I bought a shroud for my sword
and buried it
under the Bitter-Almond tree

[… continue reading “The End of the War” at ink node.]

photo courtesy of Vievee Francis

“Letter Beginning with Two Lines by Czeslaw Milosz” by faculty member Matthew Olzmann (poetry ’09) was part of Jenny Holzer’s new series of light projections at Rockefeller Center, VIGIL, which ran October 10-12. She projected poems from the anthology Bullets Into Bells: Poets & Citizens Respond to Gun Violence, among other works

“November 5, 1980” by Reginald Dwayne Betts (poetry ’10), published by the Boston Review.

November 5, 1980

I have called, in my wasted youth, the concrete slabs
Of prison home. Awakened to guards keeping tabs
On my breath. Bartered with every kind of madness,
The state’s mandatory minimums & my own callus.
I’ve never called a man daddy; & while sleep, twice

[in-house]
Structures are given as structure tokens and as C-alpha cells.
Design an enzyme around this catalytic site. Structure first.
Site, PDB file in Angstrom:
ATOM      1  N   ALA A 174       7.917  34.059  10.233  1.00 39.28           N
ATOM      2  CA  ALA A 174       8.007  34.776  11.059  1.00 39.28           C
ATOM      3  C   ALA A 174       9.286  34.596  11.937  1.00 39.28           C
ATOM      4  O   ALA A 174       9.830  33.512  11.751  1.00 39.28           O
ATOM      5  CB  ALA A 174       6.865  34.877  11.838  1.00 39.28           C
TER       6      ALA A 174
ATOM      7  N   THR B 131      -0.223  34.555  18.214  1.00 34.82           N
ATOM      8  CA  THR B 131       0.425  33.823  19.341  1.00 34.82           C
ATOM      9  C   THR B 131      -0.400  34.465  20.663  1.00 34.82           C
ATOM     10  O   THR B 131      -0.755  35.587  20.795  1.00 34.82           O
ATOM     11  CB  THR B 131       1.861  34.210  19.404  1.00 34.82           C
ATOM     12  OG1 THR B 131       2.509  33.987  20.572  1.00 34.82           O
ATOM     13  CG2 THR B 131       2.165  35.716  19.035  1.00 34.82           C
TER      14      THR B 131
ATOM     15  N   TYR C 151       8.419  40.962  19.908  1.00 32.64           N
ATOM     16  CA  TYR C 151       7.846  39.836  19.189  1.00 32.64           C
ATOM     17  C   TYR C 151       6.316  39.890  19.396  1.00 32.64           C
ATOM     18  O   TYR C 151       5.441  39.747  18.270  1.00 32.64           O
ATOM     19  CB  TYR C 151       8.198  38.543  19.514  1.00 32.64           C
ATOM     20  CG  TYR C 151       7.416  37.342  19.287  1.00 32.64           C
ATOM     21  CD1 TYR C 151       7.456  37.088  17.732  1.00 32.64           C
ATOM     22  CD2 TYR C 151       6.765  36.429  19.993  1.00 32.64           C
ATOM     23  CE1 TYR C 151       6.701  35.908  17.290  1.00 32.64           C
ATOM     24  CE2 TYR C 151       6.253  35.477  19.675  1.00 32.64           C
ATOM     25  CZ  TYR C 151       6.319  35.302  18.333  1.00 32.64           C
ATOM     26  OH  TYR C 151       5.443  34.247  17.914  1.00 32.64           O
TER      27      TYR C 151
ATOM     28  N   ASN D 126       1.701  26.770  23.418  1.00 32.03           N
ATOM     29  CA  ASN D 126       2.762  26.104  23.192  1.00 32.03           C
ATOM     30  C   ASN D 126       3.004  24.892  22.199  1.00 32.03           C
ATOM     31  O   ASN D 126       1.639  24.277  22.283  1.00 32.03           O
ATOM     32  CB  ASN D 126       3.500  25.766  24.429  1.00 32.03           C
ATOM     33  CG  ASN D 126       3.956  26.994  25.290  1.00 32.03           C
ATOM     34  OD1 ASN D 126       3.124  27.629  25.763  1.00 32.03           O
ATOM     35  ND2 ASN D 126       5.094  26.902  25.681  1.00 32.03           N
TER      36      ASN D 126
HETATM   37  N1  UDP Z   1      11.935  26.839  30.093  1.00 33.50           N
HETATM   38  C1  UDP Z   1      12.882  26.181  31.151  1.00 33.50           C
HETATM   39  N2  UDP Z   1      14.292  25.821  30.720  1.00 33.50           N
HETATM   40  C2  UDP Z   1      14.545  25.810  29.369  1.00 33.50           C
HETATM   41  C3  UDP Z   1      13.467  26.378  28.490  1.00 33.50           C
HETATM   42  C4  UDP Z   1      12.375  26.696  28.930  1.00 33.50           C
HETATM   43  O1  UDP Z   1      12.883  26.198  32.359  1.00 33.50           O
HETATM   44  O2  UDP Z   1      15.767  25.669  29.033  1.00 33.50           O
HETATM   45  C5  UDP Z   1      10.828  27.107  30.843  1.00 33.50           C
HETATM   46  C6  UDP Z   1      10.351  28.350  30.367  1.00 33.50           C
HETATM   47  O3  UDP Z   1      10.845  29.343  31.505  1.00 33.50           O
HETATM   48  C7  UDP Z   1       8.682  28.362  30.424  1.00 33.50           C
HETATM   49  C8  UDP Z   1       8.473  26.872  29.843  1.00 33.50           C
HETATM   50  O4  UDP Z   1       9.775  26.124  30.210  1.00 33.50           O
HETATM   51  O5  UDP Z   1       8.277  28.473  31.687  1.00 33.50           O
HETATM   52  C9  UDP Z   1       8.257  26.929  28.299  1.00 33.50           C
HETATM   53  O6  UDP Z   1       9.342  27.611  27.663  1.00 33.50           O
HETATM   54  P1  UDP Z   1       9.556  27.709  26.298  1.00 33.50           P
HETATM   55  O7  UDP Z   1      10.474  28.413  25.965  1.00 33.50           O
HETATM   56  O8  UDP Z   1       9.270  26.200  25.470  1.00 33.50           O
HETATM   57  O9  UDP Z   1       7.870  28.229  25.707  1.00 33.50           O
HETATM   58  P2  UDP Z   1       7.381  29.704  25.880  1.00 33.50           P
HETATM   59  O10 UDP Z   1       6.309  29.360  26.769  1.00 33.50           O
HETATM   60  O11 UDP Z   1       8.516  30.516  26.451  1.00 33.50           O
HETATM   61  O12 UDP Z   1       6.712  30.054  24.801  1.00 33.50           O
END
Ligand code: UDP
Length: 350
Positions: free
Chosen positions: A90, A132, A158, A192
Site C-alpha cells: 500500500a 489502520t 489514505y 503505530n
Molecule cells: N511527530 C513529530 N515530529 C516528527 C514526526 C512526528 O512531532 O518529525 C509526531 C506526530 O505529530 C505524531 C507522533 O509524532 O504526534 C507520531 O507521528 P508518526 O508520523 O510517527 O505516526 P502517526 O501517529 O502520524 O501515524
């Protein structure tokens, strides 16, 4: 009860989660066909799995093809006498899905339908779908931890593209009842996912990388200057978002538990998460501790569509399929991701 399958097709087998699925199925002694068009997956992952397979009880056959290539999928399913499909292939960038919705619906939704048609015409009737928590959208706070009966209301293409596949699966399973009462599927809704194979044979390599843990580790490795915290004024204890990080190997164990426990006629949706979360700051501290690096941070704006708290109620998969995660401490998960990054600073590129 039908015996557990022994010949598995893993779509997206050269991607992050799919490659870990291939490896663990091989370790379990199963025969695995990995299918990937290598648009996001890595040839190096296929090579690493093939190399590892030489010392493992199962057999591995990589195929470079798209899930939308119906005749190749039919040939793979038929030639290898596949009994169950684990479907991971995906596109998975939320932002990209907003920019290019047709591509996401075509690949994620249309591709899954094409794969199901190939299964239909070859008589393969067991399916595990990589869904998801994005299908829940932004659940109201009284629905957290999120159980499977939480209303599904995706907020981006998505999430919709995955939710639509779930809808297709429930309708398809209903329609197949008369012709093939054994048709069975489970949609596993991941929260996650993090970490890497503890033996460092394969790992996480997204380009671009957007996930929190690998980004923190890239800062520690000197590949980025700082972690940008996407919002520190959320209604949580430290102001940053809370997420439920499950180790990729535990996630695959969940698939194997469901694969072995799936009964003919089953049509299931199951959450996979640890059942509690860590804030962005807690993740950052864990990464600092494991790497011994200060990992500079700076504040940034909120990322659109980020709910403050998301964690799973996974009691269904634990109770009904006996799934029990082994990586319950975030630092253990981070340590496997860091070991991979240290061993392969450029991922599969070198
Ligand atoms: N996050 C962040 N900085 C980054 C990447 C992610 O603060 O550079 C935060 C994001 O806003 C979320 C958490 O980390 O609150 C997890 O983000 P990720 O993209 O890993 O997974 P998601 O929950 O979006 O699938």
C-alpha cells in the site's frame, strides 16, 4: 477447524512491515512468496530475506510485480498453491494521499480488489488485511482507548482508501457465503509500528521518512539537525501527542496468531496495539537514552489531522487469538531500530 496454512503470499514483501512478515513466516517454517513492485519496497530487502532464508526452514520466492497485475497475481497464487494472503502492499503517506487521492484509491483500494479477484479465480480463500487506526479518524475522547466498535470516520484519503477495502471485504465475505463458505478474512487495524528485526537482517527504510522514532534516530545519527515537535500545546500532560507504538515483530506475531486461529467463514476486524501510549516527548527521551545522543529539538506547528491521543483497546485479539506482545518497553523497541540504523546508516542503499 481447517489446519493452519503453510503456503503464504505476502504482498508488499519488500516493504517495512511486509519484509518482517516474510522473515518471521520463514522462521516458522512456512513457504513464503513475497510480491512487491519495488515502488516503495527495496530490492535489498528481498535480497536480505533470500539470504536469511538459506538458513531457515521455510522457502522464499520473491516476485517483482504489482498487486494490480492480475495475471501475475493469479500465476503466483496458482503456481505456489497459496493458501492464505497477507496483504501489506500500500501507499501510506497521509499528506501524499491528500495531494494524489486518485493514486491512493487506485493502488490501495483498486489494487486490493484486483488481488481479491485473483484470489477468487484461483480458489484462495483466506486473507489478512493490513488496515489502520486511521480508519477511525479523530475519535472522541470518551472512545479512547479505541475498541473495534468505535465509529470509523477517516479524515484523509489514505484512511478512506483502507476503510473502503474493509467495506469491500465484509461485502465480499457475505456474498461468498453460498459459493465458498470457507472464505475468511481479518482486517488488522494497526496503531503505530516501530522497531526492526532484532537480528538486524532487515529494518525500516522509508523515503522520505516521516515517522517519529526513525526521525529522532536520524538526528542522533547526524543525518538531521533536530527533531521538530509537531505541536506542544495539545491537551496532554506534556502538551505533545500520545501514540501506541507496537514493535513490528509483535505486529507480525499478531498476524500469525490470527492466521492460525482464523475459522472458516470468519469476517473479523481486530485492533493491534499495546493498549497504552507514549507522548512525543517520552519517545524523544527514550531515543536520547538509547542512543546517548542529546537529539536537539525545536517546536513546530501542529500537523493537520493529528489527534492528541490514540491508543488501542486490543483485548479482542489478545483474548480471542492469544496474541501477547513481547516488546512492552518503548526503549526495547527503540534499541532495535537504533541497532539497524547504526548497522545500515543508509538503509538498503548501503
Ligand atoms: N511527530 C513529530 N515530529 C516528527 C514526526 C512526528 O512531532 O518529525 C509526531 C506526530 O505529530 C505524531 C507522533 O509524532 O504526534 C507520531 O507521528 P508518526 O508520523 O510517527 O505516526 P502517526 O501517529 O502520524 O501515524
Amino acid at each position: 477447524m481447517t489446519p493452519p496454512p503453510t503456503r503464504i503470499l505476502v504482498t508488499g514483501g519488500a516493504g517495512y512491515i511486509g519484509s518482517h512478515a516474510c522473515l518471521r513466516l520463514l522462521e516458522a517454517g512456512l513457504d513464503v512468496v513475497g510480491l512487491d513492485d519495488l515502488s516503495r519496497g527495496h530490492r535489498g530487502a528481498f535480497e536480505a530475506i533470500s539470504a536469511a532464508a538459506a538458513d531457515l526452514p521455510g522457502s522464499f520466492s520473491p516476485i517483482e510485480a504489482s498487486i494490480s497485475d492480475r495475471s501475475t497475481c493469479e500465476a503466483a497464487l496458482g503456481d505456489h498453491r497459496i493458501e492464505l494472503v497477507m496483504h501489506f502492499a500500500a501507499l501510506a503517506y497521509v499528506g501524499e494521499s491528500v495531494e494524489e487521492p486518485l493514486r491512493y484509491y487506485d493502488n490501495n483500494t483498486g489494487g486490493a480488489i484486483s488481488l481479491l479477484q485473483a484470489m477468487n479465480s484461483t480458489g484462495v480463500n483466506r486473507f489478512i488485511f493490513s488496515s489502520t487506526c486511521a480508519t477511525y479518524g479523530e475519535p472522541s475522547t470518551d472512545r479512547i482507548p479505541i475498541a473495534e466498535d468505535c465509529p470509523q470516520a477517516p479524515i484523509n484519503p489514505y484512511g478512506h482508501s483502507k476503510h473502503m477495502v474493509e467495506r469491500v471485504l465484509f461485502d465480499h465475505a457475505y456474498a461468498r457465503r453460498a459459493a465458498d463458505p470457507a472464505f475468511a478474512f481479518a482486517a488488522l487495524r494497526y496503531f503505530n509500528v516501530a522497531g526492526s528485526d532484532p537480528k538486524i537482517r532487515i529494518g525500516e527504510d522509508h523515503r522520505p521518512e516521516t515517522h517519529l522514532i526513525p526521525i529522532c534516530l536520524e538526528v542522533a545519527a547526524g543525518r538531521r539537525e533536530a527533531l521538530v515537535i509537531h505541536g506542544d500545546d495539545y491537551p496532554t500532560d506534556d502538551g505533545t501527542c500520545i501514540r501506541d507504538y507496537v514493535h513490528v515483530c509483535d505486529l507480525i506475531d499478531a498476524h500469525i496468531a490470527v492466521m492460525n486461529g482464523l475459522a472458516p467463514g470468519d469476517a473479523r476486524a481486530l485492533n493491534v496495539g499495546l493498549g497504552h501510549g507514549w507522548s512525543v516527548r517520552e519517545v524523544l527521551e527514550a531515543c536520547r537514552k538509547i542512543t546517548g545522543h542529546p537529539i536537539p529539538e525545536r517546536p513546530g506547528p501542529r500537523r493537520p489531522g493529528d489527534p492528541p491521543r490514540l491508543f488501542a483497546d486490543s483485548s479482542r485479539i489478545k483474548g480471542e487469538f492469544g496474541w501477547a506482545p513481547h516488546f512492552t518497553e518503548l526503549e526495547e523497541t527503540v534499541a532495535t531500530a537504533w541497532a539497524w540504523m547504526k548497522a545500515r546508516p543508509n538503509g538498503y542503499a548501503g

Wrecked cars; drank whiskey straight; nothing suffices—
I fell in love with sons I wouldn’t give my name. Once
Swam at midnight in the Atlantic’s violence,
Under the water, rattling broke the silence. I cussed
Men with fists like hambones & got beaten to dust.

[… continue reading at “November 5, 1980” at the Boston Review.]

An excerpt from “Late Sonogram” by Amanda Newell (poetry ’17), published by Rattle.

Late Sonogram

I bled through the first month of every pregnancy.
I have been bleeding for weeks. I am bleeding even now,
and I have ruined at least fifteen pairs of underwear.
Poet M says no one wants to read about my underwear,

especially not in the first stanza. She said nothing
about the second, though, or where in the poem
the poet should introduce the subject of her underwear
if she’s going to write about it. Poet A didn’t mind underwear
in the first stanza. But it was only my first draft,
and maybe he was afraid to say anything.

[… continue reading at Rattle.]